Microbiology Case Study: A 60 Year Old Male with Longstanding Skin Lesions

Case History

A 60 year old male from Louisiana presents to his family doctor with a chief complaint of longstanding skin lesions for approximately the last two years. On physical exam, there are several sharply defined reddish-brown plaques on his upper back and extremities. He reports sensory loss involving his chest, back and upper extremities. The lesions have not responded to conventional topical anti-fungal treatments. Punch biopsies along the margin of the most active lesion were obtained and sent to the Microbiology laboratory for bacterial, fungal and mycobacterial cultures and to the Pathology Department for histologic diagnosis.

Tissue sections

Image 1. Section from the right upper extremity skin punch biopsy demonstrates a normal basket-weave stratum corneum and normal epidermis with nodular superficial and deep granulomatous inflammatory infiltrate. A Grenz zone, a narrow layer beneath the epidermis that is not infiltrated or involved in the same way as are the lower layers of the dermis, is noted (H&E, 40x).
Image 2. Inflammation engulfing eccrine glands in the deep portion of the dermis (H&E, 100x).
Image 3. Portion of punch biopsy demonstrating perineural inflammation consisting predominantly of mononuclear cells (H&E, 400x).
Image 4. Fite stain highlighting numerous acid fast bacilli within macrophages surrounding the eccrine glands (1000x oil immersion).


On histologic examination of the skin biopsy, nodular, superficial and deep granulomatous inflammation was noted surrounding eccrine glands and engulfing nerves (Images 1-3). Fite staining illustrated numerous acid fast bacilli (Image 4) and, given the geographic location of the patient and clinical symptoms, was felt to be highly suggestive of Mycobacterium leprae. The case was sent for confirmatory testing by polymerase chain reaction (PCR). All cultures collected were negative.


Mycobacterium leprae is a chronic, granulomatous disease which presents as anesthetic skin lesions and peripheral neuropathy with nerve thickening. While rare in the United States (US) today, historically it was one of most prominent pathogens in Mycobacterium genus apart from M. tuberculosis. In the past, leprosy (also known as Hansen’s disease) was prevalent throughout Europe, but due to systematic control programs aimed at underserved and rural locations, the number of cases drastically decreased and countries with the majority of recent cases include India, Brazil and Indonesia. According to National Hansen’s Disease Registry, a total of 178 cases were reported in the US in 2015. Of these, 72% (129) of cases were reported in Arkansas, California, Florida, Hawaii, Louisiana, New York and Texas. Transmission to those who are in prolonged and close contact with an infected person is thought to occur via shedding from the nose. While humans are the only known reservoir of leprosy, infections with organisms indistinguishable from M. leprae have been detected among wild armadillos in parts of the southern US.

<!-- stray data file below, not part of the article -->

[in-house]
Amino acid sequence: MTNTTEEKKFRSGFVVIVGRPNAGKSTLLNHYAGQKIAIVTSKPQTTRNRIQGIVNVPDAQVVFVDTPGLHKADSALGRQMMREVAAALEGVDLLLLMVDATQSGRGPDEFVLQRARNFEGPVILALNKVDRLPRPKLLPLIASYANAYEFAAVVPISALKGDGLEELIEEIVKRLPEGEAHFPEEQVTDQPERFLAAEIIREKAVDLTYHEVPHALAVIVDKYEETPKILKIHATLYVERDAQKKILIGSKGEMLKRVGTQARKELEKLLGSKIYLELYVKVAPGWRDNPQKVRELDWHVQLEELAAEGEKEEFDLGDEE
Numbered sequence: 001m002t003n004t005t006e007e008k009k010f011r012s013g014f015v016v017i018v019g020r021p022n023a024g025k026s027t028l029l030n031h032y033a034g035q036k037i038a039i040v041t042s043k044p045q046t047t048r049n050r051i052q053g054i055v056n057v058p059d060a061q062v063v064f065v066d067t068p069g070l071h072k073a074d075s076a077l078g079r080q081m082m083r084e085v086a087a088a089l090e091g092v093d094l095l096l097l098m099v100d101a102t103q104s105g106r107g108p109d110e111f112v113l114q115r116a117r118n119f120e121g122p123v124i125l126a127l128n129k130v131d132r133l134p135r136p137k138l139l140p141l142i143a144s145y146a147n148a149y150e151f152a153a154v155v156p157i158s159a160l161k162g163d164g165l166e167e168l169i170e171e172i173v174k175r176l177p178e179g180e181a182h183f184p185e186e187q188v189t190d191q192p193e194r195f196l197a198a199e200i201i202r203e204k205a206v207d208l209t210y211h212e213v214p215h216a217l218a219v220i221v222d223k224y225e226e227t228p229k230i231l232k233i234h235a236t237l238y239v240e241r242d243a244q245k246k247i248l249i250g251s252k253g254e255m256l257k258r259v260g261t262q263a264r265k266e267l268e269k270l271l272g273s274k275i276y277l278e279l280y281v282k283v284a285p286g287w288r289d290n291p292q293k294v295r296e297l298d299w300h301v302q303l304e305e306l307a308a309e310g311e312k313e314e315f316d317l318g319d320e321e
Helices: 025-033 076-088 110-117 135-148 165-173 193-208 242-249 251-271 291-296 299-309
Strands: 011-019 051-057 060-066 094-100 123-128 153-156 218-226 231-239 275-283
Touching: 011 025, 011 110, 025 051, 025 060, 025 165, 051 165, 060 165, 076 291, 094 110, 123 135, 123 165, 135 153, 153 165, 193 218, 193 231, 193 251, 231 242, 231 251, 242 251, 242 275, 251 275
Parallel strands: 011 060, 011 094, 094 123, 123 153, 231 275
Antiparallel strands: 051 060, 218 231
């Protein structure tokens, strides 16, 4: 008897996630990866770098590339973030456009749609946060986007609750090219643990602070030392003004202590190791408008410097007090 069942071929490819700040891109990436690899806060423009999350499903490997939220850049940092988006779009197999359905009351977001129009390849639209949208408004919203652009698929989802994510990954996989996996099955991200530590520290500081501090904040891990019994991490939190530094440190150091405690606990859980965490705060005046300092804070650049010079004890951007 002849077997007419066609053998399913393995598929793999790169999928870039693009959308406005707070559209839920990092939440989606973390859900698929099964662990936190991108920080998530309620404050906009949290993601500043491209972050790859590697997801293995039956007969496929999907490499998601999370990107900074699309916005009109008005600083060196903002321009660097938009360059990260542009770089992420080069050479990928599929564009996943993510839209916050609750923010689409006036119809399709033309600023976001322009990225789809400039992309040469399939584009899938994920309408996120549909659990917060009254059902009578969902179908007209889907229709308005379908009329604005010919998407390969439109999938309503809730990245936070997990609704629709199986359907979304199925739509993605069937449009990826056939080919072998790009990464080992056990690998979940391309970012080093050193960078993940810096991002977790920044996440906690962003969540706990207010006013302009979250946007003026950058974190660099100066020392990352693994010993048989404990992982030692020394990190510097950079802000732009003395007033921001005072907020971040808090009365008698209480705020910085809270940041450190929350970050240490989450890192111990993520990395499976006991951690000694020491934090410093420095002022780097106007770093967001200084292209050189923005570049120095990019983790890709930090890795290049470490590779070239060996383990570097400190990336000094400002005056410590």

The diagnosis of M. leprae is largely a clinical one as the organism is not able to be grown on artificial media, but histology and confirmatory PCR are useful adjuncts. Skin biopsies should be full thickness and include the deep dermis. Ideally, the most active edge of the most active lesion should be biopsied. There is a spectrum of M. leprae which ranges from few lesions and a paucity of bacilli (tuberculoid leprosy) to widespread skin involvement with numerous bacilli (lepromatous leprosy).  Histologically, there are granulomatous aggregates of epithelioid cells, multinucleate giant cells and lymphocytes and inflammation often engulfs sweat glands and nerves. Small lesions that have poorly defined borders and are found on the elbows, knees or ears are where bacilli tend to be located. A Fite stain is useful to highlight the acid fast bacilli located in the macrophages within the inflammatory nodules. M. leprae PCR can also be performed on blood, urine, nasal cavity specimens and skin biopsies as a sensitive diagnostic technique. PCR can also be used to detect certain genes that confer resistance to common treatment drugs such as rifampin, ofloxacin and dapsone.

As with other mycobacterial diseases, the treatment for M. leprae infections consists of a long term multidrug regimen. The six most commonly used medications include rifampin, dapsone, clofazimine, minocycline, ofloxacin, and clarithromycin.



-Katie Tumminello, MD, is a fourth year Anatomic and Clinical Pathology resident at the University of Mississippi Medical Center. 


-Lisa Stempak, MD, is an Assistant Professor of Pathology at the University of Mississippi Medical Center in Jackson, MS. She is certified by the American Board of Pathology in Anatomic and Clinical Pathology as well as Medical Microbiology. She is the director of the Microbiology and Serology Laboratories.  Her interests include infectious disease histology, process and quality improvement and resident education. 

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